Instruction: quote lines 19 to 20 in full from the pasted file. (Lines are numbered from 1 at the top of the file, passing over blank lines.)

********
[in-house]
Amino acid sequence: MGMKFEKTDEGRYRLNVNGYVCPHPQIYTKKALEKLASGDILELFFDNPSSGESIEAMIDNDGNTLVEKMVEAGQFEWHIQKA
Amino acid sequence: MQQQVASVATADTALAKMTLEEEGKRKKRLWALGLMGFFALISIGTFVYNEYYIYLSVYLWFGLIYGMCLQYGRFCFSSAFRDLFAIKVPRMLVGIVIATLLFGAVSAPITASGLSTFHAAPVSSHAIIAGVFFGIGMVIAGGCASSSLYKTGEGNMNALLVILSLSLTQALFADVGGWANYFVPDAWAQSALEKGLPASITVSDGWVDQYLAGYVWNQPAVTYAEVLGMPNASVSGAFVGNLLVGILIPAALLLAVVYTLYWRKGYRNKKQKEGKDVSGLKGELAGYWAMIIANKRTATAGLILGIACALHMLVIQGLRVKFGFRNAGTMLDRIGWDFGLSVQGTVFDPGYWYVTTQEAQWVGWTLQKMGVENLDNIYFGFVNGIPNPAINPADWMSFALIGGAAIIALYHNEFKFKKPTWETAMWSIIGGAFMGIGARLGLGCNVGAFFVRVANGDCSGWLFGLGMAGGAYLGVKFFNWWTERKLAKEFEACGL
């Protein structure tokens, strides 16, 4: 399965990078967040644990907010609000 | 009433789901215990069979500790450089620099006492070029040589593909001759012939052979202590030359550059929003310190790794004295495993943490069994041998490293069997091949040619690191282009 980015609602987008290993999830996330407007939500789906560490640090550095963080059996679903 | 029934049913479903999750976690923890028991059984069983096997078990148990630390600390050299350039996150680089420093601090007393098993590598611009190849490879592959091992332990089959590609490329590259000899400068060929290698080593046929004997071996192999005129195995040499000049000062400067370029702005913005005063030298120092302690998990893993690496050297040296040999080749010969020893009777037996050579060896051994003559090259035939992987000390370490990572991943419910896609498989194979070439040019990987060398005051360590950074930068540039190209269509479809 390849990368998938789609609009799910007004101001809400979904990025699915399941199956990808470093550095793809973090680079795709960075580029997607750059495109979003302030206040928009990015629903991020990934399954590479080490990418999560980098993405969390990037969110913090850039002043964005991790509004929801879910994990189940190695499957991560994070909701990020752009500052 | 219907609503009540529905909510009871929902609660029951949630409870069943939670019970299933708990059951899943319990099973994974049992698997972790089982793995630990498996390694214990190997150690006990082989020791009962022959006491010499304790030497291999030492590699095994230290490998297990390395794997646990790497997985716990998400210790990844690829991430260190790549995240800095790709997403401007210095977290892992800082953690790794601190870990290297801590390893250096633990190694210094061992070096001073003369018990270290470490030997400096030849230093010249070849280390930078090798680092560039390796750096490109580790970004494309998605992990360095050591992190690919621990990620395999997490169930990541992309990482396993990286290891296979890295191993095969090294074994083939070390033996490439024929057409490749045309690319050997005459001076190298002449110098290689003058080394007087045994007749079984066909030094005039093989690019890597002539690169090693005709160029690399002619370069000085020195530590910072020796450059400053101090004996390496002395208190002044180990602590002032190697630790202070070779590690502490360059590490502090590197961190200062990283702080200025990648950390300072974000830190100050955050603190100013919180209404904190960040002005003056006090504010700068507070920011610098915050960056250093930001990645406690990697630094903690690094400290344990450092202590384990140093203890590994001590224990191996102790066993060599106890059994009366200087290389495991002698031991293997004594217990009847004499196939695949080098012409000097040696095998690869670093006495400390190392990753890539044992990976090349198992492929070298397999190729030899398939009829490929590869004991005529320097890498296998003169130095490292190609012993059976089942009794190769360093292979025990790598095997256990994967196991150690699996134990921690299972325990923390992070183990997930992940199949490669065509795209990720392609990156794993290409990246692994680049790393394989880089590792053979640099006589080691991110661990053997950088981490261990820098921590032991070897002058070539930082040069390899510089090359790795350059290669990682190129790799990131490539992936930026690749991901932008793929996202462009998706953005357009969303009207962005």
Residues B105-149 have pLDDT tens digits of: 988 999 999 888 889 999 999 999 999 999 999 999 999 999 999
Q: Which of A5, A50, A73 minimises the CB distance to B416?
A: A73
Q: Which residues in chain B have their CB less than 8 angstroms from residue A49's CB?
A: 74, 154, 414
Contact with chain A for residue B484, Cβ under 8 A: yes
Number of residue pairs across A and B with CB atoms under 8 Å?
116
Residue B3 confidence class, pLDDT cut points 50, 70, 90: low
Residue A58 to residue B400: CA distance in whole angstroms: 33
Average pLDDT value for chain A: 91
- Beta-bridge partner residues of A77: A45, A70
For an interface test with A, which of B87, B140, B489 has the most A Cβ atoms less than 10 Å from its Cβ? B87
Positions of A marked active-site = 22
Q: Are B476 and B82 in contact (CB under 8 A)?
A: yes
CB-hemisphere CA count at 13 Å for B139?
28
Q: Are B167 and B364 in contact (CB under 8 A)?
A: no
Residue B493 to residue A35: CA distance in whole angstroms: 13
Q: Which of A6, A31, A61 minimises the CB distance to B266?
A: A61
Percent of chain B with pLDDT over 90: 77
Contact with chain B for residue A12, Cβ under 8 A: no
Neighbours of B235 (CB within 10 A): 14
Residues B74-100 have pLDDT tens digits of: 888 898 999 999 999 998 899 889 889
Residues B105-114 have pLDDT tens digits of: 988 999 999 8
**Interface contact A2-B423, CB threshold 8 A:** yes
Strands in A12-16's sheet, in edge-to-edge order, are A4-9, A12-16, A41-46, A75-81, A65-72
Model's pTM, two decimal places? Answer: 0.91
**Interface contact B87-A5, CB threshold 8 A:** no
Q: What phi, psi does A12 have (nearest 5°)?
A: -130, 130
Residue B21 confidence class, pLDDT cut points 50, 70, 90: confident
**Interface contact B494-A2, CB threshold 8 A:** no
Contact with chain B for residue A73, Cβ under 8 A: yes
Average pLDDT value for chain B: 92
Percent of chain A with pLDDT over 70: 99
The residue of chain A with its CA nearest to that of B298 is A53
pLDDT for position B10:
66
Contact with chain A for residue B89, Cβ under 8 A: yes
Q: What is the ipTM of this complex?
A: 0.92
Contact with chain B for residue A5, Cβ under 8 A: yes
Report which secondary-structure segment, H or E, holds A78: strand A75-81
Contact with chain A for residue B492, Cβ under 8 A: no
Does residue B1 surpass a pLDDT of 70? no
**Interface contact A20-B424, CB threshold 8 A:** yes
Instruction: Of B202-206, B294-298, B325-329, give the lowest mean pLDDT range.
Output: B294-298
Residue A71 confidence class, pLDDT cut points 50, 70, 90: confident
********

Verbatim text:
Q: Are B476 and B82 in contact (CB under 8 A)?
A: yes